2. It may come at the expense of the individual's obligations to the primary unit.
    3. It may conflict with the individual's presumed full-time obligation to the university, and it would be undesirable to introduce procedures to account precisely for those time obligations.
    4. It may run counter to grant restrictions for individuals supported by some external grants.
    5. It may be used to bypass normal salary review procedures and thus lead to inequities in income from Carnegie Mellon University.
  2. The SAUs were established to benefit from their special access to Carnegie Mellon faculty and exempt staff as consultants, and thus SAUs are allowed to engage Carnegie Mellon faculty and exempt staff as internal consultants. Any such arrangement, however, must have the prior agreement of the head of the consultant's primary unit.
  3. Executive education, continuing education and pre-college education are important activities undertaken by the university. In these programs, regular faculty and administrators may participate alongside external lecturers for additional compensation when it is clearly an addition to the normal teaching or administrative workload.


  1. Payment for internal consulting is not generally acceptable during a commitment period except in two cases:
    1. Payments may be made to a faculty member or exempt staff member for teaching in executive education, pre-college or continuing education programs at a rate consistent with that paid to comparable outside lecturers.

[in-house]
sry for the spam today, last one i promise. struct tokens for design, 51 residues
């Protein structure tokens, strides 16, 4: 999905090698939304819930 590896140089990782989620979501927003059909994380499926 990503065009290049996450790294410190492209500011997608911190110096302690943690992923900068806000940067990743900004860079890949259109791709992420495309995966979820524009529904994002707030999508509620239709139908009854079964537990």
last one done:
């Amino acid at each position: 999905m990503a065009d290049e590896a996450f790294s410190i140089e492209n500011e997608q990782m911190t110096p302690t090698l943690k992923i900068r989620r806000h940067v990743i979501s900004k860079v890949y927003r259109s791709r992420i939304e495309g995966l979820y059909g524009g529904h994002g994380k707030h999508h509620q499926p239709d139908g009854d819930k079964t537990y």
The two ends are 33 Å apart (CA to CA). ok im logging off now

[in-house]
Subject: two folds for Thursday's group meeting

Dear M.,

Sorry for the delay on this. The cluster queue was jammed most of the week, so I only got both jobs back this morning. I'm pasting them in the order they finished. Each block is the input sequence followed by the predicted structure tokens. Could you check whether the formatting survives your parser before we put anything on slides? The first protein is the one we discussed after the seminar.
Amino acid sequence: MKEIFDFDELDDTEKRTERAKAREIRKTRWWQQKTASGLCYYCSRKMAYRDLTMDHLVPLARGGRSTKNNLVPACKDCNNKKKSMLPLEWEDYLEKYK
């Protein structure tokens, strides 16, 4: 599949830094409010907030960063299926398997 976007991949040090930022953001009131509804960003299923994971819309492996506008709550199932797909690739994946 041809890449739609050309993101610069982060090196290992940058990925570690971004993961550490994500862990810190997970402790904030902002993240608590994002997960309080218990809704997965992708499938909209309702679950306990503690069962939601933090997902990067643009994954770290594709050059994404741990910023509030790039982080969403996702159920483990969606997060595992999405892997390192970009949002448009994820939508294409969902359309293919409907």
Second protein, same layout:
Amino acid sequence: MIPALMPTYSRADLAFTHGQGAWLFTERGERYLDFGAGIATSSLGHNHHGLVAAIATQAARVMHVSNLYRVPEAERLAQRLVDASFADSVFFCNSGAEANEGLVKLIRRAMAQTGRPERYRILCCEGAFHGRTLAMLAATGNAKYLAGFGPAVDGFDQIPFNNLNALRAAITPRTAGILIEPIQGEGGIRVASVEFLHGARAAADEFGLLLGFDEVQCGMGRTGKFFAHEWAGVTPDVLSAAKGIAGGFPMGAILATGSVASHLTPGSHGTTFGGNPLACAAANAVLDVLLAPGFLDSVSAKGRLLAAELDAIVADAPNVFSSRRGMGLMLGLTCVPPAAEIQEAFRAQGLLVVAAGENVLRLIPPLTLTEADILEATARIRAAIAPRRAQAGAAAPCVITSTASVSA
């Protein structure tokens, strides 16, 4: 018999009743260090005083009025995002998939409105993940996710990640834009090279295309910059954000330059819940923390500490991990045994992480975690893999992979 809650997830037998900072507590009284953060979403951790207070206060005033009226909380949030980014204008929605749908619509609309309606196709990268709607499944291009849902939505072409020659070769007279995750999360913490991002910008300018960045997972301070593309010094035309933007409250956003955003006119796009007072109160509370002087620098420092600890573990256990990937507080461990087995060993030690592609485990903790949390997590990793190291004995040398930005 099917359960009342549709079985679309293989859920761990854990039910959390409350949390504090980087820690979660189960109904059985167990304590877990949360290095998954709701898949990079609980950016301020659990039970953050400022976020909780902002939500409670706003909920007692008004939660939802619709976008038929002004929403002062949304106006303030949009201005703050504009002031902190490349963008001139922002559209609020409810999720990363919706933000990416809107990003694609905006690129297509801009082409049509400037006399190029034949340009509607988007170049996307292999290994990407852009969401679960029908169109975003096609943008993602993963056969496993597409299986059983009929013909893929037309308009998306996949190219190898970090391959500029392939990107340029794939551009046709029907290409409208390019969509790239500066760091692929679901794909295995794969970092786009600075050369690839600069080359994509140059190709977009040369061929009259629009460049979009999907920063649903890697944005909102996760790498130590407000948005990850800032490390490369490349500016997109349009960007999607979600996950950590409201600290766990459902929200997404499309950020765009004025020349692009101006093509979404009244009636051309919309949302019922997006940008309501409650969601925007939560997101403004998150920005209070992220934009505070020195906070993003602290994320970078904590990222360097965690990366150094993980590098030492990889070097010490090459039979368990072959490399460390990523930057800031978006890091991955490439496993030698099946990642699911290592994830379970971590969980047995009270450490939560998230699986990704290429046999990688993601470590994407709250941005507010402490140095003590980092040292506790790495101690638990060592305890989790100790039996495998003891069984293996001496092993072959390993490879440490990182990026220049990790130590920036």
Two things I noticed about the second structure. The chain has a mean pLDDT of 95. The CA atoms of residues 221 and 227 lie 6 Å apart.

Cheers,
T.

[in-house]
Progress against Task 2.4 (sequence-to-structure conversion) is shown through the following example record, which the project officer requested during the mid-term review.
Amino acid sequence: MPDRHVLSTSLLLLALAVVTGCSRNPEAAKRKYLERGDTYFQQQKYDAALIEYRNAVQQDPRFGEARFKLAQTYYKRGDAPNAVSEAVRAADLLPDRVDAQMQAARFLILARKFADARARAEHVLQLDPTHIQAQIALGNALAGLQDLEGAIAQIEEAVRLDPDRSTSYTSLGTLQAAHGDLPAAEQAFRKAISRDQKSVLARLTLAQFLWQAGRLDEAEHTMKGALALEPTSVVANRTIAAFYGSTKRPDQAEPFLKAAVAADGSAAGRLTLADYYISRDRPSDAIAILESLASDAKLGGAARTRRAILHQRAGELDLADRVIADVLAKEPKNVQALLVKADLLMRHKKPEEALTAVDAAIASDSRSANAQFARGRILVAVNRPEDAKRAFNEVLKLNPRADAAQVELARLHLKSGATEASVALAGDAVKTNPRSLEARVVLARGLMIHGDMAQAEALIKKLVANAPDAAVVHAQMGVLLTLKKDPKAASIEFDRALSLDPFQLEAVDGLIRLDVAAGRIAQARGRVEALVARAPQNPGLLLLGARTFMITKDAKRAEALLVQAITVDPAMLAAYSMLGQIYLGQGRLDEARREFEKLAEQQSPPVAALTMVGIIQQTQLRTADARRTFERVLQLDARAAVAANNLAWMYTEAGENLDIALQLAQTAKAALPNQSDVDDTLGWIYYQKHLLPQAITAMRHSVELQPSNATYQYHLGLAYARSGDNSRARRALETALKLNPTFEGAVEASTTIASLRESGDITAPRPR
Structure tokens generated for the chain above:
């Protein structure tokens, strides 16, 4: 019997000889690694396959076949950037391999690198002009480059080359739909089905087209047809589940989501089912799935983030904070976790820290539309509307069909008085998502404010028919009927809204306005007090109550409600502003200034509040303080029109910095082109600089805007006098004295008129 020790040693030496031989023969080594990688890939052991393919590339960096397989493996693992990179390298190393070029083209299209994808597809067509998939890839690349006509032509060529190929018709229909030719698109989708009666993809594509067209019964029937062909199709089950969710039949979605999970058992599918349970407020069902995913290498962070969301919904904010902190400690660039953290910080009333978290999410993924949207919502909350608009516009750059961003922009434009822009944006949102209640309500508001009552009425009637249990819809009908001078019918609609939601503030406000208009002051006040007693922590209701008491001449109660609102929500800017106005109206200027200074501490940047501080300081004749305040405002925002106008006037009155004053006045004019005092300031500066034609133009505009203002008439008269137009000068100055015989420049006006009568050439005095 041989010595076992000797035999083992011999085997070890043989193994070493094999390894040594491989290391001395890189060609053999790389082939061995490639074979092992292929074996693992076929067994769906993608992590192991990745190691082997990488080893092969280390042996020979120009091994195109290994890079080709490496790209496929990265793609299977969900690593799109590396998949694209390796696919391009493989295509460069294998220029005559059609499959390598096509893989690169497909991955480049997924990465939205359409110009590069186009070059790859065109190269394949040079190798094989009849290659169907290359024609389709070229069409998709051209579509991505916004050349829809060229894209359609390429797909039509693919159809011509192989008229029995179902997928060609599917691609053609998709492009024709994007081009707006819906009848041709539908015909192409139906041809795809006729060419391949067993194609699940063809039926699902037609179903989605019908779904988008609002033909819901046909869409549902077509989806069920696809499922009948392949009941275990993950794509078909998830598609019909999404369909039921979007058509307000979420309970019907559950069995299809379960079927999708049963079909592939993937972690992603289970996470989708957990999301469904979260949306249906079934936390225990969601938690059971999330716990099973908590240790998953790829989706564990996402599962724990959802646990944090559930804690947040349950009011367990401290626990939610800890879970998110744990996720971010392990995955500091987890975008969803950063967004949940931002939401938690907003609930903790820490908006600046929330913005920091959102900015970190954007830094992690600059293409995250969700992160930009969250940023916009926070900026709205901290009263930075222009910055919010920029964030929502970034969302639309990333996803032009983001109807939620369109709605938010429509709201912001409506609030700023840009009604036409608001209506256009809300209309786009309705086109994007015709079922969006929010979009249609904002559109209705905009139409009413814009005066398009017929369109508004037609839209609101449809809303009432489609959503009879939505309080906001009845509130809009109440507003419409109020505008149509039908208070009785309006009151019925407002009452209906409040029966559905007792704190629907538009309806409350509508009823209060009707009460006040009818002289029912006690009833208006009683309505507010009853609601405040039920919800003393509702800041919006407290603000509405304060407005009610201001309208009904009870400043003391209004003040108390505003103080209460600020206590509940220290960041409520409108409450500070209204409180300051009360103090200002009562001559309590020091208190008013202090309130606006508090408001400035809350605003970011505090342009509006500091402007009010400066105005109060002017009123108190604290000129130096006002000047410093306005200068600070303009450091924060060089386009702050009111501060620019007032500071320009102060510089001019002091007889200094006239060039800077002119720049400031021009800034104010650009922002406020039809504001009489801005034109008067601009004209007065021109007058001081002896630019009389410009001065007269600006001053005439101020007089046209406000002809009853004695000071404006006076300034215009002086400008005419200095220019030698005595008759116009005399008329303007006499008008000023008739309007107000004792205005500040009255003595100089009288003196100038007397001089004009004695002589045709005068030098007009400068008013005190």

2. A SAU may hire as a consultant a faculty member or exempt staff who is not currently an employee of a SAU. Any such consulting arrangements must have the prior approval of the primary unit head.
  2. Payment may not be made for teaching classes in addition to one's normal teaching load in another unit during a commitment period. This does not prohibit teaching classes for payment outside the commitment period and such teaching is not internal consulting.
  3. Internal consulting in cases not covered by A or B above is allowable when its benefits to the university community outweigh the costs to collegiality. All these situations must be reviewed by the intended consultant's unit head and dean, the provost and the vice president for business, and the result of this review recorded.
  4. The internal consulting must be consistent with the Faculty Policy on Consulting, particularly the requirement that the faculty member will devote the appropriate amount of time to activities connected with the primary appointment and not sell more than 100% of the consultant's time.
  5. Where time spent on internal consulting may be of sufficient magnitude as to cut into the consultant's primary obligation to the home unit, both the consultant and the consultant's primary unit should: 1) agree that it is appropriate for the consultant to participate in the activity; and 2) determine the appropriate reduction in effort to the home unit. The unit receiving the consulting should reimburse the primary unit for the percent of effort spent on the consulting activity.
  6. In order to ensure that internal consulting is not used to bypass normal salary review policies, all cases of internal consulting must be approved by the consultant's unit head, the consultant's dean, the provost and the vice president for business.
  7. It is inappropriate to subvert these policies by arranging internal consulting through an intermediary, whether that intermediary be a private corporation in which the intended consultant is a principal or one which hires the Carnegie Mellon person as a consultant to be assigned to Carnegie Mellon.